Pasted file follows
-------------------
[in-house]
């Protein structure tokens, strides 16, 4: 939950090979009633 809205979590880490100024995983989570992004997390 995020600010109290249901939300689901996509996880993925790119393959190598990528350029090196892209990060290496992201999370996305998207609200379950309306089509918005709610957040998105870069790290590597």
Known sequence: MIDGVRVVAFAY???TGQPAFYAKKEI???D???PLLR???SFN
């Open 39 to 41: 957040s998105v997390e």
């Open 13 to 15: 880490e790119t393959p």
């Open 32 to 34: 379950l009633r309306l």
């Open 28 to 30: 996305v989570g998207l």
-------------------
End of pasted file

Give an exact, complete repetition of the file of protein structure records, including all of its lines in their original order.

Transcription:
[in-house]
């Protein structure tokens, strides 16, 4: 939950090979009633 809205979590880490100024995983989570992004997390 995020600010109290249901939300689901996509996880993925790119393959190598990528350029090196892209990060290496992201999370996305998207609200379950309306089509918005709610957040998105870069790290590597």
Known sequence: MIDGVRVVAFAY???TGQPAFYAKKEI???D???PLLR???SFN
């Open 39 to 41: 957040s998105v997390e």
């Open 13 to 15: 880490e790119t393959p």
């Open 32 to 34: 379950l009633r309306l």
């Open 28 to 30: 996305v989570g998207l």